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Localism is Better Because It Provides Far More Options

This is a frustrating interview.

The champions of localism, Front Porch Republic, interview an enemy of it, Trevor Latimore (author of Small Isn't Beautiful).

It's a cordial exchange, with interesting arguments/points by both sides, but Latimore's position seems to gel around this simple point: Yes, central governments can suck, but local governments can suck, too.

FPR never asks the obvious point: Well, if your local government sucks, you can move a few miles down the road and try a different local government. If your national government sucks, you're out of luck unless you want to emigrate to another country. Both are unpleasant, but surely, moving to a new country is much, much more unpleasant.

In response to Latimore's position that centralized power is better because, citing J.S. Mill, "local despots" are close and, therefore, worse, the interviewer doesn't counter strongly enough with the obvious point: "Is centralized power further away? It may have been further away in Mill's time, but in today's centralized panopticon of the Internet, digital currency, and the Homeland Security Act? Centralized government is creeping closer and closer." The interviewer hits on this point, but Latimore gets away with not answering it.

Moreover, America's central government is spreading out at the same time that it's creeping closer. Americans can't even emigrate to Canada anymore to escape American culture and public policy. Western Europe isn't an option either. The centralized American state's preferences** are spanning the globe.

Quite frankly, it's the biggest issue in America today. An interview about the increasingly authoritative nature of the federal government without focusing on its technological reach is like interviewing a physician about alcoholism without focusing on alcohol.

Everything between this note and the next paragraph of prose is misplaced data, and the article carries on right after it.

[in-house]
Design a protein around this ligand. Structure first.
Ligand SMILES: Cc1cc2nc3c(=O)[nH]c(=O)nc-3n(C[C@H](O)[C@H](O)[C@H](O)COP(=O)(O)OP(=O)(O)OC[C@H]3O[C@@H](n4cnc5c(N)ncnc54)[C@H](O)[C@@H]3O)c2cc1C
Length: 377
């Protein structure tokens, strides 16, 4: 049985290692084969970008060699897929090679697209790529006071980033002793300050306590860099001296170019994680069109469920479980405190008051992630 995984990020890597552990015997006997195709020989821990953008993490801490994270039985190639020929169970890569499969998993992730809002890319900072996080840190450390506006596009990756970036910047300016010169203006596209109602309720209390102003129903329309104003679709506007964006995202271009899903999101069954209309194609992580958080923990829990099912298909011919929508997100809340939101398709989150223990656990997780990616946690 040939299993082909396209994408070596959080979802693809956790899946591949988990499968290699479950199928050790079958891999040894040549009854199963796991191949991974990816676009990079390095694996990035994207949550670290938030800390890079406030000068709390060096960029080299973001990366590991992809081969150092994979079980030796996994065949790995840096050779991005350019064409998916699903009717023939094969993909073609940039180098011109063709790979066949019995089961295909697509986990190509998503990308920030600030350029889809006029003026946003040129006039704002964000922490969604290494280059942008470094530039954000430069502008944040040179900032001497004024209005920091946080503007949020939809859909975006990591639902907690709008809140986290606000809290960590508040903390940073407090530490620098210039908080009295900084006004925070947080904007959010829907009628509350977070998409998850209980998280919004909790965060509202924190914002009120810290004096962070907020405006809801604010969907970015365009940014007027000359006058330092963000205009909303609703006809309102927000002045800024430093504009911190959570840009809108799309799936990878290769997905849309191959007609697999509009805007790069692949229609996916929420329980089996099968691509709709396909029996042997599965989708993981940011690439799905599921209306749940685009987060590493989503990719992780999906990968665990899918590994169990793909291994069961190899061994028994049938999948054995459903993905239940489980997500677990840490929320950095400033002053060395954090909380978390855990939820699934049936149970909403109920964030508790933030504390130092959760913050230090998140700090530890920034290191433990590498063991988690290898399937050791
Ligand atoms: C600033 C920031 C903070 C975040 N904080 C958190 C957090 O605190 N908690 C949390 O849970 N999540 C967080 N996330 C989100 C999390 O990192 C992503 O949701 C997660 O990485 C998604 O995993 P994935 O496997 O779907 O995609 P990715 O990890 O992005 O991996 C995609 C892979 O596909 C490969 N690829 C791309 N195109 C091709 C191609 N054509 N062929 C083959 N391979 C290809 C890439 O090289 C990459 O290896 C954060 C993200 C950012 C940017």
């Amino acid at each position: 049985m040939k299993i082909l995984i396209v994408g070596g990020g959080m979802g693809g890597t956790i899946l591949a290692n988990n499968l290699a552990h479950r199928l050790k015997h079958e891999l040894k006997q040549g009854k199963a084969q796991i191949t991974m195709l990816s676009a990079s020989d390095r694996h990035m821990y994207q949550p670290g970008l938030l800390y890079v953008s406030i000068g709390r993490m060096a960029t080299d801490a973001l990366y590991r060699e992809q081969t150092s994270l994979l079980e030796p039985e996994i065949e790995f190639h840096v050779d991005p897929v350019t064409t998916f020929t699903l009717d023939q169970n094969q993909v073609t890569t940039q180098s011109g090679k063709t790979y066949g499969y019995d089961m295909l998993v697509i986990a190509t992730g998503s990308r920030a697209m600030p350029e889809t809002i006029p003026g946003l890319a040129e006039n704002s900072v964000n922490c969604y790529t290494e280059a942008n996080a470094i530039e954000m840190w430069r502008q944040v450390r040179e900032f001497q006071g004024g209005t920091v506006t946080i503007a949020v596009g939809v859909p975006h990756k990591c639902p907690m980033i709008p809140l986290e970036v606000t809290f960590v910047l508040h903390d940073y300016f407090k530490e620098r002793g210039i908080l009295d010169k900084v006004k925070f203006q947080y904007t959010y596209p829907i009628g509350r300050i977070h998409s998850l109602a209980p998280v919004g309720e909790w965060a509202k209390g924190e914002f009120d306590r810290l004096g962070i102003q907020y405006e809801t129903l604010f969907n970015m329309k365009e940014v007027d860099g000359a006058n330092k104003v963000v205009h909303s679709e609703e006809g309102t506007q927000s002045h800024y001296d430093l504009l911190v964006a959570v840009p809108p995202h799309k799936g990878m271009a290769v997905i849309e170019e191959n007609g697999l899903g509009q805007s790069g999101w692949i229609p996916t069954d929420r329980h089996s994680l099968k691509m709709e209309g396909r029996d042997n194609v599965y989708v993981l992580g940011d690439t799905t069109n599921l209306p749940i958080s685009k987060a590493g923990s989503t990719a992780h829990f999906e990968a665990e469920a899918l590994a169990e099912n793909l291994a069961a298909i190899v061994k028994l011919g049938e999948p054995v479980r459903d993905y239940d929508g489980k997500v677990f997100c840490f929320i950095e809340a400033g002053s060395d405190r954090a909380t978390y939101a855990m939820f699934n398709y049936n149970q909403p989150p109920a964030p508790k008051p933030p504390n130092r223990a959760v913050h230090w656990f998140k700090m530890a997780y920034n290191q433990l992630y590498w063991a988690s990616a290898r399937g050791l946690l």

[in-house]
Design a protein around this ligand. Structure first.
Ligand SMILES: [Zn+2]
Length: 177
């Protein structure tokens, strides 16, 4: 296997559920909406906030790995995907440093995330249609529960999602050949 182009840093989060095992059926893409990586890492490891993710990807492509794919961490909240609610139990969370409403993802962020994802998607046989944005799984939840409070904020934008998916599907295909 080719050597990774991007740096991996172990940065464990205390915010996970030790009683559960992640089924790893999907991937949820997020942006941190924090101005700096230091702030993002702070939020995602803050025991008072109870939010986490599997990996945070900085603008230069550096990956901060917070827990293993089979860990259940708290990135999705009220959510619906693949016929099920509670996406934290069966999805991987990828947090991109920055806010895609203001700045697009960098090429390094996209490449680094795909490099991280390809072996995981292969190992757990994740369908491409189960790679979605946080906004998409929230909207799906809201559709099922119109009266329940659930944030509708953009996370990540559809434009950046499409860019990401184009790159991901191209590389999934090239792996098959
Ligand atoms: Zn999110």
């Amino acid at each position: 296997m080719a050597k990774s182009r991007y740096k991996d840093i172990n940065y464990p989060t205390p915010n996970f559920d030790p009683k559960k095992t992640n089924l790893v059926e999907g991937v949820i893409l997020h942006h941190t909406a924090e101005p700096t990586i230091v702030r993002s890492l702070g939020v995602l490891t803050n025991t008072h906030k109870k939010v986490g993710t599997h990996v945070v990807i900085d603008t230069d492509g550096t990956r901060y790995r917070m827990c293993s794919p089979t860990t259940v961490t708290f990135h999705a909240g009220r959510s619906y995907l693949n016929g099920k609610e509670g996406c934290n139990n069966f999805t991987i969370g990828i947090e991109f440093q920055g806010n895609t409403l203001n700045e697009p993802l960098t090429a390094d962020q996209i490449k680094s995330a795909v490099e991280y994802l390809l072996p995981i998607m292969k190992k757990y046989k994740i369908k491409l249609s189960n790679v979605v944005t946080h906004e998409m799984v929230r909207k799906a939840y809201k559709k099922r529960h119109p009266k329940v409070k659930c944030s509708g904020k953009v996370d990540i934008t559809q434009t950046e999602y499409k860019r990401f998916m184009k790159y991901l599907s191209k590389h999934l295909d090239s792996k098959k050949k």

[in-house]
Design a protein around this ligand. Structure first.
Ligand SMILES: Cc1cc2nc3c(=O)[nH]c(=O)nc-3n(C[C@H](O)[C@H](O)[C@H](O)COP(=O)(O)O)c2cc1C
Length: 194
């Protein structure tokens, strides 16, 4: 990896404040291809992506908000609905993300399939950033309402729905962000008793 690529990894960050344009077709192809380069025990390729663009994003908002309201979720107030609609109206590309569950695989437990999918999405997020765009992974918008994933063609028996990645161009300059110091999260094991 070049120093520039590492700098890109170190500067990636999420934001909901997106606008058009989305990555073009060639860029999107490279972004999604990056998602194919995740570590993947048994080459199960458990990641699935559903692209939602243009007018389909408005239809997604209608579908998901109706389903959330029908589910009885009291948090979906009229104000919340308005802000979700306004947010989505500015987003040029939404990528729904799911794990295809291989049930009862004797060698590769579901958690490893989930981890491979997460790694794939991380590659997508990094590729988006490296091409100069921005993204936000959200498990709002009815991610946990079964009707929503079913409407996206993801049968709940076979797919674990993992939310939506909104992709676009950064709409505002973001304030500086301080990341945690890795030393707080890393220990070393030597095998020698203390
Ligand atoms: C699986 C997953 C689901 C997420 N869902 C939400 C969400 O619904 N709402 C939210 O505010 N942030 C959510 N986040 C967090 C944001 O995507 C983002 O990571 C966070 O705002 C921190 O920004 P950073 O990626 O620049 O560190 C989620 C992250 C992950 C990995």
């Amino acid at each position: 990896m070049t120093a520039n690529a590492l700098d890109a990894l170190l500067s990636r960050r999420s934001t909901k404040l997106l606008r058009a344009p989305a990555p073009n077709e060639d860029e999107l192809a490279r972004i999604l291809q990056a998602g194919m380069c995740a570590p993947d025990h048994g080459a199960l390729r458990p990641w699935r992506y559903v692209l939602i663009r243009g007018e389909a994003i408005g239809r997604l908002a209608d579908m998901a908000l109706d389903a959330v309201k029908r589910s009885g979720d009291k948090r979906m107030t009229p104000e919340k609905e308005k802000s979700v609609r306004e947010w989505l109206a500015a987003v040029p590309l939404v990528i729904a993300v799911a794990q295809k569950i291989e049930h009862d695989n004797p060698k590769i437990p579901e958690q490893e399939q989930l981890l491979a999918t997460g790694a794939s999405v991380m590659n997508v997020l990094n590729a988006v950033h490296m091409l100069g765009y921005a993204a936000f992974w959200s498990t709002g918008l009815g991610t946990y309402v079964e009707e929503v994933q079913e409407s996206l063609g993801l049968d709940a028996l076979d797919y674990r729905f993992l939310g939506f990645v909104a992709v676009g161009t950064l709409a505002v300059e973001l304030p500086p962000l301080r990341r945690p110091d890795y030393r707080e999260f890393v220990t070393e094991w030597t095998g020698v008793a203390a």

(**Or, perhaps, the American state's preferences merely reflect the preferences of a global elite/establishment . . . I'm not sure.)

Interesting Aside

Latimore distinguishes between "perfectionist localists" and "consequentialist localists."

In my book I show that there are many different kinds of localism. I hesitate to paint Front Porch Republic with too broad a brush, but I think it would be fair to say that many of its (localist) readers are communitarian or classically republican in their localism. There is a romantic strain as well. In these forms, localism becomes associated with human flourishing and a particular vision of the good life. These are perfectionist views.
There is another kind of localism exemplified by the American Enterprise Institute’s (AEI) Localism in America: Why We Should Tackle Our Big Challenges at the Local Level. That form of localism is consequentialist rather than perfectionist; for the AEI crowd, localism should be adhered to because it helps solves problems. It says nothing about the good life. Here I’m really just rehashing a major divide in moral theory (consequentialism vs. perfectionism), but it maps well enough onto two very different strands of localism.

That "major divide" in moral theory is nothing less, it seems to me, than the "major divide" between the hemispheres. The left hemisphere looks at consequences and the right hemisphere looks at "perfectionism" (or, put in less condescending terms, "flourishing" or "acting consistent with human nature").

This, in turn, laps into the Taoist value of wu-wei: trying without trying. We shouldn't try to achieve, X, Y, and Z. We should simply try to do what is right (what is consistent with flourishing, acting in accord with our natures), moment to moment, and X, Y, and Z will follow . . . or not, but the results aren't are concern. A mind that isn't occupied with results is non-left hemispheric, and that's a thing to be cultivated.